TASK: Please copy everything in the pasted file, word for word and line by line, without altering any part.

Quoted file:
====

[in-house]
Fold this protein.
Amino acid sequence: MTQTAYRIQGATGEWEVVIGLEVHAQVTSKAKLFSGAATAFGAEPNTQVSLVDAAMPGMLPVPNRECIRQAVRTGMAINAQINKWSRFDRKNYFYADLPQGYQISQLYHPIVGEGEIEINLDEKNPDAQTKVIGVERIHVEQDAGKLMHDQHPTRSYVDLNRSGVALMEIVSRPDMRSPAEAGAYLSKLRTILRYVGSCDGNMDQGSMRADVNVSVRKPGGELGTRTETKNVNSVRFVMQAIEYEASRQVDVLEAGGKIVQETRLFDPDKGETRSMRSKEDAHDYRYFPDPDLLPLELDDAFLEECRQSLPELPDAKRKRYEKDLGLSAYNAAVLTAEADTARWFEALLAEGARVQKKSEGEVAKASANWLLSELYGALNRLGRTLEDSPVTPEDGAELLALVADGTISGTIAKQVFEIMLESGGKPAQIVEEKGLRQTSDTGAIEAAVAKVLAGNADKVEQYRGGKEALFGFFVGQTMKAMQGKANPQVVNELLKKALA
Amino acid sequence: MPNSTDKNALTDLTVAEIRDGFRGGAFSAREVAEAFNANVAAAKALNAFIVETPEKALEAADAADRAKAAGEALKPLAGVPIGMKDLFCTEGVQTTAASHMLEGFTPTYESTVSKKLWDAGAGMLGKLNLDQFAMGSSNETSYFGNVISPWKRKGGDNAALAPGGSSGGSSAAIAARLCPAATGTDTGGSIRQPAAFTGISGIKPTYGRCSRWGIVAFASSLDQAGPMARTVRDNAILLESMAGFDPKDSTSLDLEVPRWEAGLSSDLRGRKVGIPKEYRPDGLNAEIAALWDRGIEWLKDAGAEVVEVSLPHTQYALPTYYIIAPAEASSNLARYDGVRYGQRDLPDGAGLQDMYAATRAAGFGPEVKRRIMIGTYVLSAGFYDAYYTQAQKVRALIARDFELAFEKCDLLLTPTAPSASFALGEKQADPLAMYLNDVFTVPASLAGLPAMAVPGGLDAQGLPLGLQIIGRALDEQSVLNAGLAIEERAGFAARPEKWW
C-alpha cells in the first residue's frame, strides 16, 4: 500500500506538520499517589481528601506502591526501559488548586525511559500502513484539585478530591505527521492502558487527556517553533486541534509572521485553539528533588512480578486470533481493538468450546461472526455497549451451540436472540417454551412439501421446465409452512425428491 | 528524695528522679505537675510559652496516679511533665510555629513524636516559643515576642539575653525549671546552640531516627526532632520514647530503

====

[in-house]
Fold this protein.
Amino acid sequence: MTQTAYRIQGATGEWEVVIGLEVHAQVTSKAKLFSGAATAFGAEPNTQVSLVDAAMPGMLPVPNRECIRQAVRTGMAINAQINKWSRFDRKNYFYADLPQGYQISQLYHPIVGEGEIEINLDEKNPDAQTKVIGVERIHVEQDAGKLMHDQHPTRSYVDLNRSGVALMEIVSRPDMRSPAEAGAYLSKLRTILRYVGSCDGNMDQGSMRADVNVSVRKPGGELGTRTETKNVNSVRFVMQAIEYEASRQVDVLEAGGKIVQETRLFDPDKGETRSMRSKEDAHDYRYFPDPDLLPLELDDAFLEECRQSLPELPDAKRKRYEKDLGLSAYNAAVLTAEADTARWFEALLAEGARVQKKSEGEVAKASANWLLSELYGALNRLGRTLEDSPVTPEDGAELLALVADGTISGTIAKQVFEIMLESGGKPAQIVEEKGLRQTSDTGAIEAAVAKVLAGNADKVEQYRGGKEALFGFFVGQTMKAMQGKANPQVVNELLKKALA
Amino acid sequence: MPNSTDKNALTDLTVAEIRDGFRGGAFSAREVAEAFNANVAAAKALNAFIVETPEKALEAADAADRAKAAGEALKPLAGVPIGMKDLFCTEGVQTTAASHMLEGFTPTYESTVSKKLWDAGAGMLGKLNLDQFAMGSSNETSYFGNVISPWKRKGGDNAALAPGGSSGGSSAAIAARLCPAATGTDTGGSIRQPAAFTGISGIKPTYGRCSRWGIVAFASSLDQAGPMARTVRDNAILLESMAGFDPKDSTSLDLEVPRWEAGLSSDLRGRKVGIPKEYRPDGLNAEIAALWDRGIEWLKDAGAEVVEVSLPHTQYALPTYYIIAPAEASSNLARYDGVRYGQRDLPDGAGLQDMYAATRAAGFGPEVKRRIMIGTYVLSAGFYDAYYTQAQKVRALIARDFELAFEKCDLLLTPTAPSASFALGEKQADPLAMYLNDVFTVPASLAGLPAMAVPGGLDAQGLPLGLQIIGRALDEQSVLNAGLAIEERAGFAARPEKWW
C-alpha cells in the first residue's frame, strides 16, 4: 500500500506538520499517589481528601506502591526501559488548586525511559500502513484539585478530591505527521492502558487527556517553533486541534509572521485553539528533588512480578486470533481493538468450546461472526455497549451451540436472540417454551412439501421446465409452512425428491 | 528524695528522679505537675510559652496516679511533665510555629513524636516559643515576642539575653525549671546552640531516627526532632520514647530503